A North West-based agency specialising in showing the benefits of tech to the healthcare sector has doubled its workforce in a month on the back of growing demand caused by Covid-19.
Redmoor Health, in Preston, accelerated its growth plans as more and more Clinical Commissioning Groups (CCGs) and GP practices across England asked for help in using technology so they could assess patients online rather than by face-to-face appointments.
In a letter to the UK’s 7,000 GP surgeries in March, NHS England urged practices to make more use of video and telephone consultations to reduce the risk of coronavirus being spread.
Redmoor Health has been running up to four training webinars a day to healthcare staff across England and has doubled its own workforce inside a month from five staff to 10 to meet demand.
The company recently won a contract to train clinicians and GP practice staff on using new technology including Microsoft Teams, in particular showing them how they can develop group video group consultations.
They have also been tasked with delivering a national training webinar for NHSX on using video to support care homes as well as supporting practices in Greater Manchester to use video software.
Marc Schmid, who founded Redmoor Health in March 2017, had already been planning a recruitment drive after landing a series of UK-wide contracts but brought the plans forward because of the pandemic.
He said Redmoor Health’s motivation was in keeping healthcare staff safer.
“We work with these doctors and nurses on a daily basis and we can see the genuine fear that a lot of clinicians have around Covid-19,” he said.
“We can see the clear benefits of having remote meetings with people in a safe environment. A lot of GPs and nurses are in the vulnerable category. They might be in their mid 60s and they might have health conditions. What we want to do is try and make their working environment as safe as possible.
“That’s why we also do a lot of pro bono work and give out free kit etc. We’ve managed to negotiate a free licence for a practice in the Midlands to get them up and running to use a particular piece of software.”
He said Covid-19 had changed the way technology was regarded in healthcare.
“Even before the coronavirus there was a recognition that the healthcare sector needed to make better use of technology to tackle things like the problem of GP retention. The technology has been there for a while to enable GPs to work remotely but what Covid-19 has done is speed up the tech adoption.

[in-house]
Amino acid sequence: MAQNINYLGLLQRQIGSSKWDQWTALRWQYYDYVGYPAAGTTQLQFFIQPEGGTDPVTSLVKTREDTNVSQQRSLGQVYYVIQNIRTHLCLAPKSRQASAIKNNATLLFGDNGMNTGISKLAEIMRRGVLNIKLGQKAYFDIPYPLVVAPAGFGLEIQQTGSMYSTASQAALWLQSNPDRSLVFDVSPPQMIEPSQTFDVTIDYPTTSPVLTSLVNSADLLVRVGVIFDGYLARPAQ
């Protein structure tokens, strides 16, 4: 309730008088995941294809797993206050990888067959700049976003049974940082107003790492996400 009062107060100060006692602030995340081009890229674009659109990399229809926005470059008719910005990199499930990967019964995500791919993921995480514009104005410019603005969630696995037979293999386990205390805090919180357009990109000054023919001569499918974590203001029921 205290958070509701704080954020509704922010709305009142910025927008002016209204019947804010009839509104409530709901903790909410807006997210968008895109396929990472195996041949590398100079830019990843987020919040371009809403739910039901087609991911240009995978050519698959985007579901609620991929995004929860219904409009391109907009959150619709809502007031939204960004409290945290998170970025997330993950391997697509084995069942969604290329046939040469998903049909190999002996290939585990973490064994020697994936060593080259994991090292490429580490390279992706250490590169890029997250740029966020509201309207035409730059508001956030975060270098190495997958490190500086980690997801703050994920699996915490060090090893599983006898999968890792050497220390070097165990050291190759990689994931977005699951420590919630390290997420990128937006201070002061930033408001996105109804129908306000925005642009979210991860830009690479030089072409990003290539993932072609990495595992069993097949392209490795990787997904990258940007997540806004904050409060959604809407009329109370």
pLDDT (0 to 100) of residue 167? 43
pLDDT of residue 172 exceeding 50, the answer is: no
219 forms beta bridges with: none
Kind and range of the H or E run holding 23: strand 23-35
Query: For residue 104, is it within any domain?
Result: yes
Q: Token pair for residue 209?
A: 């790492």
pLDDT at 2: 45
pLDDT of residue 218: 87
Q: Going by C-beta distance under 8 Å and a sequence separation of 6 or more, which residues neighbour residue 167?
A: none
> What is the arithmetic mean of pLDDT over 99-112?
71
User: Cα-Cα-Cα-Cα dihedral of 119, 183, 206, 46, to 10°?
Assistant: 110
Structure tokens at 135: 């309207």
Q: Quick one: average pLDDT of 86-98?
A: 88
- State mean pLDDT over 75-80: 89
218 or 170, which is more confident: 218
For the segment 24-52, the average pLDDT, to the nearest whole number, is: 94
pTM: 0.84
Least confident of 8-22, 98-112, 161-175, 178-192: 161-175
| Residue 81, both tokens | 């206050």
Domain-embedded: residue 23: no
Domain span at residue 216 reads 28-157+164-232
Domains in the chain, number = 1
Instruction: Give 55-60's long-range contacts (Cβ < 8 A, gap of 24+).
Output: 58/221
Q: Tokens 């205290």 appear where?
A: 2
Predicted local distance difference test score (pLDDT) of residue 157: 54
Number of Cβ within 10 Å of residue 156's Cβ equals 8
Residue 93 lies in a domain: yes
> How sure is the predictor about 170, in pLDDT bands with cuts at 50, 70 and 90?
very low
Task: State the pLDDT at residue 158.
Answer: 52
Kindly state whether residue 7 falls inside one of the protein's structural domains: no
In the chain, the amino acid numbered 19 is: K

“Covid-19 has changed the way we deliver primary care forever. Before, the model was a face-to-face appointment first and then diverting patients into another follow-up care. Now we’re doing remotely first and when GPs do need to see people face-to-face, it’s being done in a safe way including an online triage system.
“I can’t see a reason why a practice would revert back to the old way of doing things after the Covid-19 pandemic has been brought under control. If they have the skills and technology to triage people remotely in the initial stage then why wouldn’t they continue using them?
“We’re increasingly getting asked from different parts of the country to do training on different clinical systems. That’s why we’ve gone from five staff to 10 inside a month and we’re talking to a number of other trainers so that number will probably rise.”
Schmid said a big growth for the business was likely to be their work in care homes.
The company recently teamed up with eight Century Healthcare care homes to offer the latest technology to elderly residents, including VR headsets, Fitbits, iPads and Amazon Alexa.
Schmid said: “We’re seeing the same issues around reducing the spread of Covid-19 in care homes as we are in GP surgeries. That’s why we looking at how technology can make it safer for care home staff and residents.”